The Dormancy of “Aberration”

In the first chapter of Zygmunt Bauman’s “Modernity and the Holocaust”, multiple perspectives are provided regarding the relationship between modernity and the Holocaust. Bauman begins by refuting the concept of the Holocaust- or any major sociological development, for that matter- as a singular “event” that can be scrutinized in terms of the multitude of historical elements that contributed to its development. Rather, he projects the idea that unless we revise our sociological perspective on the past, we will never see it as anything but “a unique but fully determined product of a particular concatenation of social and psychological factors” (4).… Read the rest here

The Holocaust: A product of modern society?

Is the Holocaust a failure or product of modern society?  Bauman in the first chapter of his book Modernity and the Holocaust argued the Holocaust represented the darker possibilities of modern civilized life.  Using the bureaucracy and social engineering utilized by the Nazis to create a judenfrei Europe as evidence to support his claims, Bauman stipulated that the Holocaust existed as an extension of modern civilization. This thesis contradicts a mainstream theory of sociology, i.e. the prevailing notion that the Holocaust was a failure, not a product, of modern society.  … Read the rest here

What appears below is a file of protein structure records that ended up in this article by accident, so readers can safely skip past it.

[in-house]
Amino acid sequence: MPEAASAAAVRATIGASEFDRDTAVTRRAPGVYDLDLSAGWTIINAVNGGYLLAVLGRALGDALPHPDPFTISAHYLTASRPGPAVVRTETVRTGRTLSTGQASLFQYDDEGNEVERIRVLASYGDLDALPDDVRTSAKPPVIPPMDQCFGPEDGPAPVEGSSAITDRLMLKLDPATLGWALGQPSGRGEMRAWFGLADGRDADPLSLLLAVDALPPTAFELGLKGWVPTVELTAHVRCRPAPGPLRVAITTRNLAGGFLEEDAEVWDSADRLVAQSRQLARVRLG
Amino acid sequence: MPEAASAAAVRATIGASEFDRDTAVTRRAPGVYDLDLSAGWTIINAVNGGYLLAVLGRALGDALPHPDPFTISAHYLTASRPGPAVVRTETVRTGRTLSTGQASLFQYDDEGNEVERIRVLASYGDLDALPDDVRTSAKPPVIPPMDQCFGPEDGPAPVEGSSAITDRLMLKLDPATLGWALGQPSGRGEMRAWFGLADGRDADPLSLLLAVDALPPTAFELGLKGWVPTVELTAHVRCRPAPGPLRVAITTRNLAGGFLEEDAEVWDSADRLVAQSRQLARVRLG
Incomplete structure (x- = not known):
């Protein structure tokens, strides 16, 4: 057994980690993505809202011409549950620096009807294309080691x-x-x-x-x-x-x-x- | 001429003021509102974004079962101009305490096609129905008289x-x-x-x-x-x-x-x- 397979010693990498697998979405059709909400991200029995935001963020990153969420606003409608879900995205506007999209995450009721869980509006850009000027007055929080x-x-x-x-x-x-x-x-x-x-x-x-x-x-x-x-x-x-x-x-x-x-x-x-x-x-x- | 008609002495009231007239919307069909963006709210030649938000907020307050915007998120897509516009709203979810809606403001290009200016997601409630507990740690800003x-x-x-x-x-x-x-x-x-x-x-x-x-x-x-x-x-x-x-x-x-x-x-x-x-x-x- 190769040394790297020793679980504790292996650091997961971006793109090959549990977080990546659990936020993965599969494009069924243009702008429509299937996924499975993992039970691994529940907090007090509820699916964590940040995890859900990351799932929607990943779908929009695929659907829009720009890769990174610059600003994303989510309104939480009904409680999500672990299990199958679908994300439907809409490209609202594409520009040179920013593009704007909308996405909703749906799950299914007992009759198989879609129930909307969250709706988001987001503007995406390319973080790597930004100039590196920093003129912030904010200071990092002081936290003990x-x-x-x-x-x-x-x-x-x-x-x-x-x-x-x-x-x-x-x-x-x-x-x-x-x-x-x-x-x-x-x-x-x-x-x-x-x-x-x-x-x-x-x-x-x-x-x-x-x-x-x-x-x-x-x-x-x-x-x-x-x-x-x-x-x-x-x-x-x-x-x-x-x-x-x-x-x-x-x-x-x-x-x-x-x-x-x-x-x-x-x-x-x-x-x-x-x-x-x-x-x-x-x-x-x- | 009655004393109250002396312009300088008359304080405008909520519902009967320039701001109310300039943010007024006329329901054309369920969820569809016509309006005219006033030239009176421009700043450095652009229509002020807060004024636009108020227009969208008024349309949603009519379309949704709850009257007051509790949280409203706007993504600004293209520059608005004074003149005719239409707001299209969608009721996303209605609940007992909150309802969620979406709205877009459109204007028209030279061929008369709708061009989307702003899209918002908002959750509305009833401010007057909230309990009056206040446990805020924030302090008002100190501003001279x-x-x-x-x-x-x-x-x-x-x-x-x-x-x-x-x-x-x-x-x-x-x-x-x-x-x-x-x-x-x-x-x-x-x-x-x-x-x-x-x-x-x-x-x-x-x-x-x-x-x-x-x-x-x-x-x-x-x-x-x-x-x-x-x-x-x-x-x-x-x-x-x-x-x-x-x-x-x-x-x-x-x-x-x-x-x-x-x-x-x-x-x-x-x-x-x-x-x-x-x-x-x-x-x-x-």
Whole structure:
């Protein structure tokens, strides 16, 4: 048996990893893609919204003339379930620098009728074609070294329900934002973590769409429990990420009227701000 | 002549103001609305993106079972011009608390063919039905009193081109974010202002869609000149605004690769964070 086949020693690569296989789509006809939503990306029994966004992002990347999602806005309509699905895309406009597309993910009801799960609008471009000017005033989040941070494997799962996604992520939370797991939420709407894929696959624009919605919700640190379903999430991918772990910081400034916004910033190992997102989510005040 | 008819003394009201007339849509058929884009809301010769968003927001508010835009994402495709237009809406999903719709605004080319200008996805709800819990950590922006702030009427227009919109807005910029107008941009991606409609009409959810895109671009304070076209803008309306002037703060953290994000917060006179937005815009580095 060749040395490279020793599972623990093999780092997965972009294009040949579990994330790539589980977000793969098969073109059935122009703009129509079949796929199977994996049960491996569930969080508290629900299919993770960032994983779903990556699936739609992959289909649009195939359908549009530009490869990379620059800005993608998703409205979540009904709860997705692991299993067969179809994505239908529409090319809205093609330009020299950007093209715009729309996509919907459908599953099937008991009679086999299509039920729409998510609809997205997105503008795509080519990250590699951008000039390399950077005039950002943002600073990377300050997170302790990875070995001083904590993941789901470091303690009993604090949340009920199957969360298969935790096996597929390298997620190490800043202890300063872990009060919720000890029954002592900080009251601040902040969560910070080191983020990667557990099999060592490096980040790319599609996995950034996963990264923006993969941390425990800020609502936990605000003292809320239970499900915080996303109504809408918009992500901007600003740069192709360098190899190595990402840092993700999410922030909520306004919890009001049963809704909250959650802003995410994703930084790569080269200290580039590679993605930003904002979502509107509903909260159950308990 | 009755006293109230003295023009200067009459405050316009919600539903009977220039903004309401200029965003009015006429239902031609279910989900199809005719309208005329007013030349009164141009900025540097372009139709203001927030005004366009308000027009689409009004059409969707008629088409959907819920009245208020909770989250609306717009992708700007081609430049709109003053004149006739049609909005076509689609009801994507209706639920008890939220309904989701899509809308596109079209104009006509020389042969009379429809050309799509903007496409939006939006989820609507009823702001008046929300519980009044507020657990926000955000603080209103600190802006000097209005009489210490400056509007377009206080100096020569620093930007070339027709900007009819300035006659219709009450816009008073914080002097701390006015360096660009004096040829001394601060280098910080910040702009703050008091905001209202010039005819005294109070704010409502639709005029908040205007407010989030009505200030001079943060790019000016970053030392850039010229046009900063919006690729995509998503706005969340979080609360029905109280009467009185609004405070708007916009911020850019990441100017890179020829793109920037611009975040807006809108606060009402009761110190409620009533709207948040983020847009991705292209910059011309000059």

Modernity and the Holocaust

Zygmunt Baumans’ article provides the reader a look at the sociological aspect of modernity and the holocaust.  In his article, Bauman mixes “modernity” and ‘sociological behavior” together while using the Holocaust to look at human behavior.  Bauman argues that the Holocaust is another chapter in modern society.  Like many events that preceded the Holocaust, violence, in Bauman’s mind, was a “constitutive feature of Modern Civilization” and that the “Holocaust-style phenomena must be recognized as legitimate outcome of civilizing tendency.”  (Bauman Pg 28) He thinks that because of how humans interact with one another, how each individual thinks differently, and how each individual solves problems differently, humanity will always be doomed to use violence from time to time to solve its problems.  … Read the rest here

The Theory of the Leisure Class and Conspicuous Consumption

Author: Thorstein Veblen was an American economist and sociologist, along with being the leader of the institutional economics movement. He was born to Norwegian parents, and studied at well-known American colleges.

Context: The Theory of the Leisure Class was written in 1899, following the Industrial Revolution and during a time of more widespread prosperity as a result of industrialization.

Language:Using a didactic, matter-of-fact tone, Veblen uses the repetition of words such as “consumption”, “leisure”, “vicarious”, “superior”, “servants”, and “classes” to instill the key message of the work into readers’ minds.… Read the rest here